- Clinical Research Director, Nebraska Food for Health Center
- Associate Professor, Department of Food Science & Technology
As the health status of the population is getting more complex, the Izard laboratory focuses on the interaction of our microbiome with diet and how this interaction impacts wellness. We use culture-dependent and culture-independent methods to understand the impact of the digestive tract bacteria in health and disease such as cancer. The multi-disciplinary approach aims to obtain a greater understanding of our microbiome function to empower everyone to nurture a supportive microbiome. Our participation in the Nebraska Food for Health Center includes the facilitation of clinical studies centered on food, diet, microbiome and host phenotypes.
Jacques Izard, Ph.D. has been involved in basic science studies focusing on bacteria, biofilms as well as in cohort studies. Those cohort studies includes the Human Microbiome Project (HMP; this project recruited few hundred individuals lacking pro-inflammatory condition to observe the microbiome associated with health), the Health Professionals Follow-Up Study (HPFS; with over 50,000 enrolled volunteers, the purpose is to evaluate hypotheses relating to nutritional factors on the incidence of serious illnesses, such as cancer), and the European Prospective Investigation into Cancer and Nutrition (EPIC; more than half a million participants recruited in a study designed to investigate the relationships between diet, nutritional status, lifestyle and environmental factors, and the incidence of cancer and other chronic diseases).
Long H. Nguyen, Wenjie Ma, Dong D. Wang , Yin Cao, Himel Mallick, Teklu Gerbaba, Jason Lloyd-Price, Galeb Abu-Ali, A. Brantley Hall , Daniel Sikavi, David A.Drew, Raaj S. Mehta, Cesar Arze, Amit D. Joshi, Yan Yan, Tobyn Branck, Casey DuLong, Kerry Ivey, Shuji Ogino, Eric B. Rimm EB, Mingyang Song, Wendy S. Garrett, Jacques Izard, Curtis Huttenhower*, Andrew T. Chan*. Association between sulfur-metabolizing bacterial communities in stool and risk of distal colorectal cancer in men. Gastroenterology (2020) vol. 158 (5) pp. 1313-1325.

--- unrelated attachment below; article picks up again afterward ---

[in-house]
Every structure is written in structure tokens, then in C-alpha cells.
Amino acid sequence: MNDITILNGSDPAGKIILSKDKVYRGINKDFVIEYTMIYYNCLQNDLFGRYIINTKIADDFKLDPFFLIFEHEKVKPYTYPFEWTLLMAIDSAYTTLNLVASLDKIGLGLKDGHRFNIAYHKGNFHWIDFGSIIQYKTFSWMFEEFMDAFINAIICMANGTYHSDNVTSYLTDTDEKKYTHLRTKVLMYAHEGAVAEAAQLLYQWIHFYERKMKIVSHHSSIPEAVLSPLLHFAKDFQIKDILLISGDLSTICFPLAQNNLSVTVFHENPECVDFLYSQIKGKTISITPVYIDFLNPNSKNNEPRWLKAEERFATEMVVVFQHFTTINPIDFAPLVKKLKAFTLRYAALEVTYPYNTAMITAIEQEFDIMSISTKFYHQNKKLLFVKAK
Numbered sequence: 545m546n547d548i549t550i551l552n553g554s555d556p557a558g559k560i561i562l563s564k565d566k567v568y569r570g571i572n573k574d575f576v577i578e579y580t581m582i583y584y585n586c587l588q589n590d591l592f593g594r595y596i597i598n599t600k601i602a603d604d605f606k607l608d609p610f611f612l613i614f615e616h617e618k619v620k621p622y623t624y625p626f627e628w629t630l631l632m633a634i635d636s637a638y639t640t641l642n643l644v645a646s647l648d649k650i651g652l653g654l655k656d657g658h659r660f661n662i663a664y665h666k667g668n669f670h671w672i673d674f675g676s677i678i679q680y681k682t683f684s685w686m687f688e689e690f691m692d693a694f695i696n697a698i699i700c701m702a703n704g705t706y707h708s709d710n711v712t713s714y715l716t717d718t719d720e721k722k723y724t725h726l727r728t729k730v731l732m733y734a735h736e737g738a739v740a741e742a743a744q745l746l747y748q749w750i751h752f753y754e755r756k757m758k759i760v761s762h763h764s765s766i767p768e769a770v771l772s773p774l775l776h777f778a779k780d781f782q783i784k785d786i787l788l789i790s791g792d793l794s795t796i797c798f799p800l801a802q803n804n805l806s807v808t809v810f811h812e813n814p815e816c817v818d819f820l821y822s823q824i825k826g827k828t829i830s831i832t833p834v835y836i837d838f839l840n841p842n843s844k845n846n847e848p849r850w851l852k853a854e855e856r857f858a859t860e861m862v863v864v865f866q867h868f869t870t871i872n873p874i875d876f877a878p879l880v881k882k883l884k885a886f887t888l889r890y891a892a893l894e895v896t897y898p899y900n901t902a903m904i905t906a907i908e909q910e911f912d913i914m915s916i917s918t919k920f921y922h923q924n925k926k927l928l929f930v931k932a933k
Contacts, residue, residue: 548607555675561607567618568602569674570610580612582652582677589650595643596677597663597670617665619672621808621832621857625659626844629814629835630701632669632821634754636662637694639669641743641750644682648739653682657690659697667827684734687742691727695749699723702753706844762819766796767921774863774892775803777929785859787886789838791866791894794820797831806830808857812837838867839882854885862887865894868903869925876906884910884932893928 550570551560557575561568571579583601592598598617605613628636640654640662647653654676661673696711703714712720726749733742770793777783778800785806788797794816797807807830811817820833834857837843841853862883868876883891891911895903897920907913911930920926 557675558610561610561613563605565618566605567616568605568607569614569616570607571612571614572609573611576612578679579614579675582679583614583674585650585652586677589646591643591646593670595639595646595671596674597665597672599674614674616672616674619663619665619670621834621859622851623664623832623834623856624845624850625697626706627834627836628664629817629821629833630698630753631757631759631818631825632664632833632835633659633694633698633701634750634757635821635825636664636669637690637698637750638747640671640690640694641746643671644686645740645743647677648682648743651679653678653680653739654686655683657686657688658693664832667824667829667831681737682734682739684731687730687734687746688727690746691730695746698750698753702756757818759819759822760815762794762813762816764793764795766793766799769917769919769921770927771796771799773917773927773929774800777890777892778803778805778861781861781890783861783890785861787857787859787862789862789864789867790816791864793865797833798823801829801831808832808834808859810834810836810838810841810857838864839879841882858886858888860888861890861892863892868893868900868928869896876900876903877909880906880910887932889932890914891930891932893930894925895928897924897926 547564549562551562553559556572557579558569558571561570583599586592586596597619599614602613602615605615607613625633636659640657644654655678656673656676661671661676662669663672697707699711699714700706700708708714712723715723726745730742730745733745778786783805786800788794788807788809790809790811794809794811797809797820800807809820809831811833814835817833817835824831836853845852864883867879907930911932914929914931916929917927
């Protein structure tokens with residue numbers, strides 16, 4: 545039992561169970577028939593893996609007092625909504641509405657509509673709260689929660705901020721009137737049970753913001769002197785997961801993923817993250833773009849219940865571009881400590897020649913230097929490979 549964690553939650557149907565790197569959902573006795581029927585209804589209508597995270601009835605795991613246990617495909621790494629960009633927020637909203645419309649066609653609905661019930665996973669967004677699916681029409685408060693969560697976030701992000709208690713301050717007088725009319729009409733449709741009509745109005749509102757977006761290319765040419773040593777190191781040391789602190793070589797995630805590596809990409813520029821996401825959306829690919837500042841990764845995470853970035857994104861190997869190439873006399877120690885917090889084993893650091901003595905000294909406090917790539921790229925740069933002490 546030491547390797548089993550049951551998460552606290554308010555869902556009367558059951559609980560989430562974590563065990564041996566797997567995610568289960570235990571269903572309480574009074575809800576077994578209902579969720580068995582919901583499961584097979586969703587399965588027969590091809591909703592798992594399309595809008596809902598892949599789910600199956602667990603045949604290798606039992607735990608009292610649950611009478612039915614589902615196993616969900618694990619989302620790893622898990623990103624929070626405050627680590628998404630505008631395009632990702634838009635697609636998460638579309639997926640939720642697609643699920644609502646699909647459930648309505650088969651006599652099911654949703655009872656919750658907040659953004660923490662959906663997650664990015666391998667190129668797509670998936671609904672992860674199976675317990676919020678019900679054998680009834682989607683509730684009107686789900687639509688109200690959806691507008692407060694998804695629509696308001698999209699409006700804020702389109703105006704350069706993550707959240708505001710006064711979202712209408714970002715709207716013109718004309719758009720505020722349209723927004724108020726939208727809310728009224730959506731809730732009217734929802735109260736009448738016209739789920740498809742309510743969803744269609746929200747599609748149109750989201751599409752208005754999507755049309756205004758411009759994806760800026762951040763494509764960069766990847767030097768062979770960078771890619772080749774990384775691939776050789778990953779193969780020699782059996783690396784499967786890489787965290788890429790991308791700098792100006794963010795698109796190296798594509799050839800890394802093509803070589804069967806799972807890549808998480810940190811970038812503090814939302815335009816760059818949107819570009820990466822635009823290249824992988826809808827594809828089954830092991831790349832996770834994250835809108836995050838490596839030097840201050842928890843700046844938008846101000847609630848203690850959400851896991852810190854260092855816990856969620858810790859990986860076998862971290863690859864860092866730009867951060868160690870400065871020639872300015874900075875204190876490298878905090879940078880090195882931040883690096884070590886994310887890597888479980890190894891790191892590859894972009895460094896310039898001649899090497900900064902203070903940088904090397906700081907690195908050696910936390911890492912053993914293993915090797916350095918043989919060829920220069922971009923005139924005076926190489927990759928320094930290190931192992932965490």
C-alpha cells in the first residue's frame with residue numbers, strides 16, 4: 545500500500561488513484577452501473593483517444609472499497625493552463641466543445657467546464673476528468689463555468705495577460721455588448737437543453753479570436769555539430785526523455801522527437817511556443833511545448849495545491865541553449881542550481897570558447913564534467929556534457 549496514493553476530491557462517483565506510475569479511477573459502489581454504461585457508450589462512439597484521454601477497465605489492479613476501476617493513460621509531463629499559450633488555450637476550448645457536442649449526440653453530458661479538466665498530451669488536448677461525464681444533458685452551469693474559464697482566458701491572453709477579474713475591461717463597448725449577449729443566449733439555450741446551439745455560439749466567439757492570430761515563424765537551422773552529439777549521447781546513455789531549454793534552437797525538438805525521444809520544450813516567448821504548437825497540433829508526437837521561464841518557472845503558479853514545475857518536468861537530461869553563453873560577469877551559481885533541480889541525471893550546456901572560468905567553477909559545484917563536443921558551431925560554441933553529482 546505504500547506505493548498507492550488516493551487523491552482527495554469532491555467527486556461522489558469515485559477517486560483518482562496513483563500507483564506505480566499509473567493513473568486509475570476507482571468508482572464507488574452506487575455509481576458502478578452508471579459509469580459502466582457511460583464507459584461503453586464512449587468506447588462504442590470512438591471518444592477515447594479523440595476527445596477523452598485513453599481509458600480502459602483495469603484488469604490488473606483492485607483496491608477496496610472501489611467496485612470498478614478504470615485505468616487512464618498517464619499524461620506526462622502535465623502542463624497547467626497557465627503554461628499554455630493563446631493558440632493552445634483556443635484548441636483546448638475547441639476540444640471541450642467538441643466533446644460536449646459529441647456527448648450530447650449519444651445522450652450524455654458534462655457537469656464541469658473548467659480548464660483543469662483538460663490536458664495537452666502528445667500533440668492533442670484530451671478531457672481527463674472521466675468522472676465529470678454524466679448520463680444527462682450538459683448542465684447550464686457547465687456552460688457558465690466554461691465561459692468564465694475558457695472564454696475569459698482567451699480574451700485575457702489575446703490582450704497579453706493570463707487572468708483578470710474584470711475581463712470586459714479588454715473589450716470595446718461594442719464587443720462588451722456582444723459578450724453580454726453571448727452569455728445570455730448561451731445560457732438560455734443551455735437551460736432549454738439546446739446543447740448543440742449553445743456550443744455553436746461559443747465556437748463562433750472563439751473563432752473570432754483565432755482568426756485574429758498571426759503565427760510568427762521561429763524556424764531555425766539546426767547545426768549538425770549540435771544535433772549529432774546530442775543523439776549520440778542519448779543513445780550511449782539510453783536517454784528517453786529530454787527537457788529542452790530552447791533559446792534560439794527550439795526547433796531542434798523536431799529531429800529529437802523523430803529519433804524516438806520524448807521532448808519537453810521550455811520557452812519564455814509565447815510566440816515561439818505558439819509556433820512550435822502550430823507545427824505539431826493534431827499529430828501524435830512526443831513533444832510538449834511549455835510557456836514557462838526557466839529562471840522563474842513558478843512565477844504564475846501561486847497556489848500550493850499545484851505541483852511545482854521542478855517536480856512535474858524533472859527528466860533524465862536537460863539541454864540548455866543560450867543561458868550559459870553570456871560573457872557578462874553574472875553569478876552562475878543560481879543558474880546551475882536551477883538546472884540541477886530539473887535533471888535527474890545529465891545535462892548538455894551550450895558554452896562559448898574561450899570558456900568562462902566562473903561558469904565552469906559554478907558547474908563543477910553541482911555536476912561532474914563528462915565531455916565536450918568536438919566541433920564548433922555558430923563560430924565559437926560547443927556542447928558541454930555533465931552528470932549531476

Kerry L Ivey, Andrew T Chan*, Jacques Izard*, Aedin Cassidy, Geraint B Rogers* and Eric B Rimm*. Role of dietary flavonoid compounds in driving patterns of microbial community assembly. mBio (2019) vol. 10 (5) e01205-19.
Erika del Castillo, Richard Meier, Mei Chung, Devin C. Koestler, Tsute Chen, Bruce J. Paster, Kevin P. Charpentier, Karl T. Kelsey, Jacques Izard, and Dominique S. Michaud. The Microbiomes of Pancreatic and Duodenum Tissue Overlap and are Highly Subject Specific but Differ between Pancreatic Cancer and Non-Cancer Subjects. Cancer Epidemiology, Biomarkers & Prevention (2019) vol. 28(2), pp. 370-383.
Raaj S. Mehta, Galeb Abu-Ali, David A. Drew, Jason Lloyd-Price, Ayshwarya Subramanian, Paul Lochhead, Amit Joshi, Kerry Ivey, Hamed Khalili, Gordon T. Brown, Casey Dulong, Mingyang Song, Long Nguyen, Himel Mallick, Eric B. Rimm, Jacques Izard, Curtis Huttenhower, and Andrew T. Chan. Stability of the of human faecal microbial communities in a cohort of adult men. Nature Microbiology (2018) vol. 3(3), pp. 347-355.
Galeb S. Abu-Ali, Raaj S. Mehta, Jason Lloyd-Price, Kerry L. Ivey, Himel Malick, Tobyn Branck, David A. Drew, Casey DuLong, Eric Rimm, Jacques Izard, Andy T. Chan, Curtis Huttenhower. Metatranscriptome of human faecal microbial communities in a cohort of adult men. Nature Microbiology (2018) vol. 3(3), pp. 356-366.
Jacques Izard and Maria C. Rivera, Editors. 2015. Metagenomics for Microbiology. Elsevier/Academic Press. Print Book ISBN 9780124104723. ebook ISBN: 9780124105089.
Nicola Segata, Susan Kinder Haake, Peter Mannon, Katherine P. Lemon, Dirk Gevers, Levi Waldron, Curtis Huttenhower and Jacques Izard. 2012. Composition of the adult digestive tract microbiome based on seven mouth surfaces, tonsils, throat and stool samples. Genome Biology. 13:R42.